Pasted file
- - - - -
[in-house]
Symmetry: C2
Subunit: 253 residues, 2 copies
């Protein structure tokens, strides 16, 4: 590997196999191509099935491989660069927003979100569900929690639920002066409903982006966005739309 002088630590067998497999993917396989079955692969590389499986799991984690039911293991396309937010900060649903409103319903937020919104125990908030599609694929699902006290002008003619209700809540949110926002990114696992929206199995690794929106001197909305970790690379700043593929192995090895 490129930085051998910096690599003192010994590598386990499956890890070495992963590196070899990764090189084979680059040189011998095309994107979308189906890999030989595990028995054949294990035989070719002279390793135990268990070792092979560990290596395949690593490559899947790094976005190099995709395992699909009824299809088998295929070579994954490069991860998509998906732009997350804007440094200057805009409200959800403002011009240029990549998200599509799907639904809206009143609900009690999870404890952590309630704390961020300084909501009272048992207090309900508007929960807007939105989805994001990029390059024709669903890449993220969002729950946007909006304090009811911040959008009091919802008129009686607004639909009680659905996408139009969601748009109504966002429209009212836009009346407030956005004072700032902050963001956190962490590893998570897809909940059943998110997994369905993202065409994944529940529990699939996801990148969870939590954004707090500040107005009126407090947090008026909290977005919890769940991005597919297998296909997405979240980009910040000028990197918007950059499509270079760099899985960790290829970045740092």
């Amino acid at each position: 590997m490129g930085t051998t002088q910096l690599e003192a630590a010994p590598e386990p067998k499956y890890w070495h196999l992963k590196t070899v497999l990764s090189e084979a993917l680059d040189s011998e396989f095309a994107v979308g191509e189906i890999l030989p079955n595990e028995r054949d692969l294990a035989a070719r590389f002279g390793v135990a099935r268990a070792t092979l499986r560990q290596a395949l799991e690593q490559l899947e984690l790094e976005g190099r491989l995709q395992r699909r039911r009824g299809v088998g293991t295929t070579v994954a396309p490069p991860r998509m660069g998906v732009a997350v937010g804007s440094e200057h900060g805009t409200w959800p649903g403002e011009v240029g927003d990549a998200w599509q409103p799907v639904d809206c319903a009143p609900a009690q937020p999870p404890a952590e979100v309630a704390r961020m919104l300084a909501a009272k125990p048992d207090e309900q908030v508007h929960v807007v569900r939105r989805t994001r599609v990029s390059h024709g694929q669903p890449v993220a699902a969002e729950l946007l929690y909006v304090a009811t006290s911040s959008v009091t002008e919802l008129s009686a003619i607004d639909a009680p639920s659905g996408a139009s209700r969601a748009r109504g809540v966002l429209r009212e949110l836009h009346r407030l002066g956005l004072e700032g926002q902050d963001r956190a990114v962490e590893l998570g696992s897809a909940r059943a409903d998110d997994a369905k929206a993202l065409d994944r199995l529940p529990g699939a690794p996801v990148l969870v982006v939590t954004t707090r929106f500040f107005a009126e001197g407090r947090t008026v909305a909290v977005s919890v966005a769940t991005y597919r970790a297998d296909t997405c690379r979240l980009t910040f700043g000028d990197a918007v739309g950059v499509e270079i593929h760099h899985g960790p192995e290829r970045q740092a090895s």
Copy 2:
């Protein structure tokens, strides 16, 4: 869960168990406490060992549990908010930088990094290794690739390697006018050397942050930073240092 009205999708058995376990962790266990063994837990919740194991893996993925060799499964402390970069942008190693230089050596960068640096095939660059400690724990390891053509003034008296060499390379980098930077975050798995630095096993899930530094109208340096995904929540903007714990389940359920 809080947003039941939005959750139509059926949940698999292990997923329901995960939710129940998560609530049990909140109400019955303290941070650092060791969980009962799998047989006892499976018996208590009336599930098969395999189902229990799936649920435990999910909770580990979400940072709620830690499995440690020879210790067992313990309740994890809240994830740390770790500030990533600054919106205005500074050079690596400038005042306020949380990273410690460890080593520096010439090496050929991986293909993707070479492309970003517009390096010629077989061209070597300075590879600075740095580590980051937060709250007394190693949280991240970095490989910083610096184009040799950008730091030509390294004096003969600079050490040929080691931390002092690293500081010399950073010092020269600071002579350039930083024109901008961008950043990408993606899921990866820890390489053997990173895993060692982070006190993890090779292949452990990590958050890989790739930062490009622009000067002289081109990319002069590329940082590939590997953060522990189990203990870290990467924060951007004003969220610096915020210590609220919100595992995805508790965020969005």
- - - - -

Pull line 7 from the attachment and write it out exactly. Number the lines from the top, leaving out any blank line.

């Protein structure tokens, strides 16, 4: 869960168990406490060992549990908010930088990094290794690739390697006018050397942050930073240092 009205999708058995376990962790266990063994837990919740194991893996993925060799499964402390970069942008190693230089050596960068640096095939660059400690724990390891053509003034008296060499390379980098930077975050798995630095096993899930530094109208340096995904929540903007714990389940359920 809080947003039941939005959750139509059926949940698999292990997923329901995960939710129940998560609530049990909140109400019955303290941070650092060791969980009962799998047989006892499976018996208590009336599930098969395999189902229990799936649920435990999910909770580990979400940072709620830690499995440690020879210790067992313990309740994890809240994830740390770790500030990533600054919106205005500074050079690596400038005042306020949380990273410690460890080593520096010439090496050929991986293909993707070479492309970003517009390096010629077989061209070597300075590879600075740095580590980051937060709250007394190693949280991240970095490989910083610096184009040799950008730091030509390294004096003969600079050490040929080691931390002092690293500081010399950073010092020269600071002579350039930083024109901008961008950043990408993606899921990866820890390489053997990173895993060692982070006190993890090779292949452990990590958050890989790739930062490009622009000067002289081109990319002069590329940082590939590997953060522990189990203990870290990467924060951007004003969220610096915020210590609220919100595992995805508790965020969005």